• Stable Optics. The large size of scleral lenses keeps them centered and secure on the eye, providing consistent, stable vision.
  • Improved Peripheral Vision. The large diameter of scleral lenses offers a wider optical zone that provides enhanced peripheral vision.
  • Protection. Covering a larger portion of the eye, scleral contacts offer greater protection from dust, debris, allergens, etc.
  • Enhanced Durability. As a RGP contact lens, sclerals are made to last.
  • Cost-Effective. With greater durability and longer lifespans than standard contact lenses, scleral contacts are a cost effective option, even when accounting for their unique fitting fees.
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Scleral Contact Lens Benefits

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Scleral contacts are comparatively larger than standard gas permeable (GP) contact lenses (and soft contact lenses - See Scleral vs. Soft Contact Lenses) and have a diameter equal to or greater than soft contact lenses. With the average cornea being approximately 11.8 millimetres in diameter, even small scleral contact lenses cover the entire corneal surface. Corneo-scleral lenses often are a good choice for people who require larger-than-normal GP lenses for greater comfort. They also are frequently used when contact lenses are needed following corneal refractive surgery to correct irregular astigmatism. Larger scleral lenses are great for conditions such as keratoconus, chronic dry eyes, and severe ocular surface disease that may benefit from a large tear reservoir. That is because the gap created between scleral lens and cornea would have a greater capacity to hold fluid (i.e., saline) and span large corneal variances (i.e., peaks and valleys).

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Scleral Contact Lenses vs. Rigid Gas Permeable Contact Lenses

Scleral contact lenses are tailor-made for each patient. Accordingly, fitting scleral contacts requires greater expertise, technology (i.e., corneal topographer) and more time than fitting standard soft or gas permeable contact lenses. Also, because scleral contact lenses are a precision product, adjustments to lens parameters may be needed and addtional be made and exchanged. The complete fitting process can require several visits to determine the optimal lens for both eyes. Mastering inserting and removing scleral lenses may also take some practice, even for experienced contact lens wearers. This is due to the larger lens size and the need to maintain a fluid reservoir under the lenses. Because of the expertise needed to fit and manufacture scleral lenses, costs are noteably greater than compared to fitting soft or GP contact lenses. However, with proper care and a stable prescription, scleral contact lenses can last up to 2 years.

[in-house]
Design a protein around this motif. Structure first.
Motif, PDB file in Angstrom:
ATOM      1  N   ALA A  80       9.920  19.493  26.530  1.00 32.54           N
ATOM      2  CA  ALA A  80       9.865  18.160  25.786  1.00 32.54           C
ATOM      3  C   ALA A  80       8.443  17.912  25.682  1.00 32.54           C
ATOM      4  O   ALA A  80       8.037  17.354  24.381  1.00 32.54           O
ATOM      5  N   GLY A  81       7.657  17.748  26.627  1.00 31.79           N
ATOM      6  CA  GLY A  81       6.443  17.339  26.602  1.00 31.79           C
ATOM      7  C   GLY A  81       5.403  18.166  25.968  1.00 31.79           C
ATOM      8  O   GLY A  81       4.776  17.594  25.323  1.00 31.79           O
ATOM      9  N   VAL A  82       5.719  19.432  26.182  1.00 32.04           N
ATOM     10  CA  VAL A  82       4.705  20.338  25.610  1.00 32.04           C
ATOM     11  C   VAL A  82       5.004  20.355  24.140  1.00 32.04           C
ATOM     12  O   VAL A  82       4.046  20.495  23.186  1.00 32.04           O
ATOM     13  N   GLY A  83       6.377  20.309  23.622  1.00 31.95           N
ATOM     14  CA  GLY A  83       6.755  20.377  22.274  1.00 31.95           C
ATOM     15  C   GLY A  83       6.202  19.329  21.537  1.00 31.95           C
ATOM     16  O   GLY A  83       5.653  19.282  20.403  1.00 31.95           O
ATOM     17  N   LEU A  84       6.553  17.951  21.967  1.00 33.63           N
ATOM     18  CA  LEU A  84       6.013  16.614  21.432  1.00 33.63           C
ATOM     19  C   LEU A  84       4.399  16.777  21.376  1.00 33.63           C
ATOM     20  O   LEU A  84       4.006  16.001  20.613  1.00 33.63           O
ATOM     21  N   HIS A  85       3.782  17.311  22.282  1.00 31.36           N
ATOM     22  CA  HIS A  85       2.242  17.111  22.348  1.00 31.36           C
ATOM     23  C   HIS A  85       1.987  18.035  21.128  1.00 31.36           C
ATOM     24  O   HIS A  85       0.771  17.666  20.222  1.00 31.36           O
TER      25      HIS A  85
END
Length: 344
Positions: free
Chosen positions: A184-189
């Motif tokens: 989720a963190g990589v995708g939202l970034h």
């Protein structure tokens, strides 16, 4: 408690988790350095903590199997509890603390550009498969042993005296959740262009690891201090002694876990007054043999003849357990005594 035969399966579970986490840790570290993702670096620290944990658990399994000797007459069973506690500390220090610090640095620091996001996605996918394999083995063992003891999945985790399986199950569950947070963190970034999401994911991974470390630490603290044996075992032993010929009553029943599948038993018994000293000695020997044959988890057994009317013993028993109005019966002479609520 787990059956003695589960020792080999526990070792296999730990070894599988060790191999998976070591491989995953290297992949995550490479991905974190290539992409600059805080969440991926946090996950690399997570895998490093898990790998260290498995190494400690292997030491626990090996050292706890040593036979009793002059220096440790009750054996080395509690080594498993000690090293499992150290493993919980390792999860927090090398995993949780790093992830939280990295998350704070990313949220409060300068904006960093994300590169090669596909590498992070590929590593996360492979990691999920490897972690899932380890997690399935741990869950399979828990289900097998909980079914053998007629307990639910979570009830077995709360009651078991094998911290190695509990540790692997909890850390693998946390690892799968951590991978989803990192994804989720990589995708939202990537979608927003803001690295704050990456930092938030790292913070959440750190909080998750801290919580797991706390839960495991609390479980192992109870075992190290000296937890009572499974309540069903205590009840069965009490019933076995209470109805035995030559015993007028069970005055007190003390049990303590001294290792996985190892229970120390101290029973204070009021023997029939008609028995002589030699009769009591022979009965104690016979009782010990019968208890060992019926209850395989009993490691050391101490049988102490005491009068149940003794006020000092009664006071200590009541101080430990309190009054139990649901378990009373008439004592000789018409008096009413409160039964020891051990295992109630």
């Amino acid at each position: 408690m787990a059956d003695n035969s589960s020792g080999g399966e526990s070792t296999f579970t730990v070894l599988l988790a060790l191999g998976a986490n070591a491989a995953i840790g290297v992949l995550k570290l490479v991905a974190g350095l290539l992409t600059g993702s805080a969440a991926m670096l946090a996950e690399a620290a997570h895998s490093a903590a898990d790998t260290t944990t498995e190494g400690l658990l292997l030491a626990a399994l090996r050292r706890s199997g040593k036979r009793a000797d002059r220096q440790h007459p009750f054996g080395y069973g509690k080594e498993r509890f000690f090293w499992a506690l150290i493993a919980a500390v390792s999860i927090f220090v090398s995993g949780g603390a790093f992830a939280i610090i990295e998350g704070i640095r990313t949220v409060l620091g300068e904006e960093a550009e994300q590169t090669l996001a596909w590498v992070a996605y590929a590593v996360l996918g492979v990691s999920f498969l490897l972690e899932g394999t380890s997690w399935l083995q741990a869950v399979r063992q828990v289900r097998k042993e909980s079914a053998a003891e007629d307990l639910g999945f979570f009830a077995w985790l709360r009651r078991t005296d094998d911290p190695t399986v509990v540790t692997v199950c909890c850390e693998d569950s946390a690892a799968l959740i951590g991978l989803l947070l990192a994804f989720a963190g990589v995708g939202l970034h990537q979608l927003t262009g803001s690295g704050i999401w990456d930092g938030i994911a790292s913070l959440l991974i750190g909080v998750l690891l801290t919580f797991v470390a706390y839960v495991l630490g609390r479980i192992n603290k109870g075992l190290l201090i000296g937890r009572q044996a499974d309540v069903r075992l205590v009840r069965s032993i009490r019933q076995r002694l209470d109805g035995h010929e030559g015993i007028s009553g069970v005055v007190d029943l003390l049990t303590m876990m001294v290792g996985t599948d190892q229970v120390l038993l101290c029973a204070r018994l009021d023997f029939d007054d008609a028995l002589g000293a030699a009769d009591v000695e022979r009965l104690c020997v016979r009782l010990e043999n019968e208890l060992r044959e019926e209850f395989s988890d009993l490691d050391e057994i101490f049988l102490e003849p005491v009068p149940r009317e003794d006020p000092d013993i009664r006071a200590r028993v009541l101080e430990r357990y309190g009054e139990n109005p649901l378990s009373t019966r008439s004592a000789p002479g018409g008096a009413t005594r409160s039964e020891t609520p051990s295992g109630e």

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Scleral Contact Lenses in Edmonton

Dry Eye Treatment

See relief from the dry eye symptoms of burning eyes, scratchiness, pain and redness with personalized eye care from our Edmonton optometrists.

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Optometrist Performed Contact Lens Fittings

Proper contact lens fit is essential for comfort and eye health. Visit our experienced Edmonton optometrists for a personalized contact lens fitting.

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Contact Lens eStore

Conveniently and easily replenish your inventory of contact lenses online from trusted Edmonton eye doctor through our Contact Lens eStore.

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Dry Eye Syndrome